Wi-Fi is another popular connection technology. Since it is available in millions of hot spots and home networks everywhere, it is a likely choice for IoT. Wi-Fi modules are easy to build into most products. The 802.11n standard in the 2.4 GHz band is probably the most common, but high speed overkill for most slow IoT apps. It is not too likely that the new faster 802.11ac standard in the 5 GHz band will see IoT service unless the application demands speeds to 1 Gbps.
Bluetooth is another IoT choice. It is the favored wireless technology for portable devices like fitness, medical, and wearable items. Bluetooth’s low energy version draws little power so is a good match for battery-powered devices.
ZigBee is another good option, especially for home networking, smart metering, and sensor networks. The ZigBee mesh capability lets you monitor hundreds (even thousands) of connections. A variation of the IEEE 802.15.4 standard upon which ZigBee is based could be used without the mesh capability. One potential option is 6LoWPAN which is a modified version of 802.15.4 that encapsulates a compressed header for an IPv6 address. It’s ideal for all these billions of devices.
All sorts of other wireless technologies could be adapted to M2M and IoT. Some possible alternatives are Dust Networks WirelessHART, ISA 100a, and Z-Wave. Even the TV white space wireless systems offer a longer range option. For really short-range applications (less than a foot), you could use RFID or Near Field Communications (NFC).
Incidentally, neither M2M or IoT have to be wireless. If a wired connection is available, it can be used. In some original M2M applications, a dial-up telephone connection using an embedded modem chip was a common solution. Any wired network is a possibility. Ethernet and fiber optic links are options, as well as power line communications (PLC) that transmit data over the AC power lines. Several PLC variations are available including HomePlug, IEEE 1901, G3, and PRIME.
One issue possibly slowing adoption and development of M2M and IoT are the lack of standards. Standards define not only the wireless technology but the access methods and protocols. The protocols state how the data is packaged and transmitted. Standards are also agreed upon to permit interoperability of products for different manufacturers. Interoperability may not be a problem, but comfort will come to developers who want some design guidelines and to manufacturers who would like some specifications to build and test to. While no formal standards exist, there are multiple efforts underway.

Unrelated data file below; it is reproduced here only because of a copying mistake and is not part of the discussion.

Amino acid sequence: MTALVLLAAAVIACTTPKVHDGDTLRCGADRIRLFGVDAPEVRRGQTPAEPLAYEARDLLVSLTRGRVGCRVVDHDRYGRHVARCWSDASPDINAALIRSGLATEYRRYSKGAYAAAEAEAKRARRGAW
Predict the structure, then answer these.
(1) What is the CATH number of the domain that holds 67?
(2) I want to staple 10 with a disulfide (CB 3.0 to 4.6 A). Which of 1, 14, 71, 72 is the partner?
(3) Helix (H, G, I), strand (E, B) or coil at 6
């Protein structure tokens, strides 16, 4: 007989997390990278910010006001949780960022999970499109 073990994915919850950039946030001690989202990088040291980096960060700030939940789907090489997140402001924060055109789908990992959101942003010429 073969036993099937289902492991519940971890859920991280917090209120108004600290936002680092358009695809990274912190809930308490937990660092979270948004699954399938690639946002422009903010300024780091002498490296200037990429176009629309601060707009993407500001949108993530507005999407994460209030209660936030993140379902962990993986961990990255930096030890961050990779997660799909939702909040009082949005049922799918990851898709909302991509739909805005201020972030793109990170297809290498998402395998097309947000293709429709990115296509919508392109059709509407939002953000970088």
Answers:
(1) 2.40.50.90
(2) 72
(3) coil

For example, the International Telecommunications Union (ITU) is developing some M2M standards but these will not be available for a while. The Telecommunications Industry Association (TIA) is working on its TR-50 standard that could be completed by the end of the year.
Another effort is the work of AllJoyn Alliance that is using the previous work of Qualcomm to create some standards based on the Linux OS. The Internet Engineering Task Force (ITEF) 6LoWPAN is also in the running as a standard. IBM, Intel, and Cisco have done some standards work, as well. Finally, a new organization called the Industrial Internet Consortium (IIC) is beginning standards work.
It is interesting to see the immense interest in M2M and IoT. However, some are unsure of the security and safety of the data being communicated. This problem could limit IoT adoption in some critical applications. While most wireless technologies incorporate heavy duty encryption, other forms of security like authentication or the use of VPNs may be necessary for some applications. Each system will require its own solution.
Another issue is the potential for massive electromagnetic interference (EMI) problems. Just imagine all the noise and interference of billions of low power radios all working at the same time. We are not at the point where this is an immediate issue, but it is one to contemplate.
M2M and IoT are the technologies of the year. Look for increased adoption in the future, and get ready to participate. NV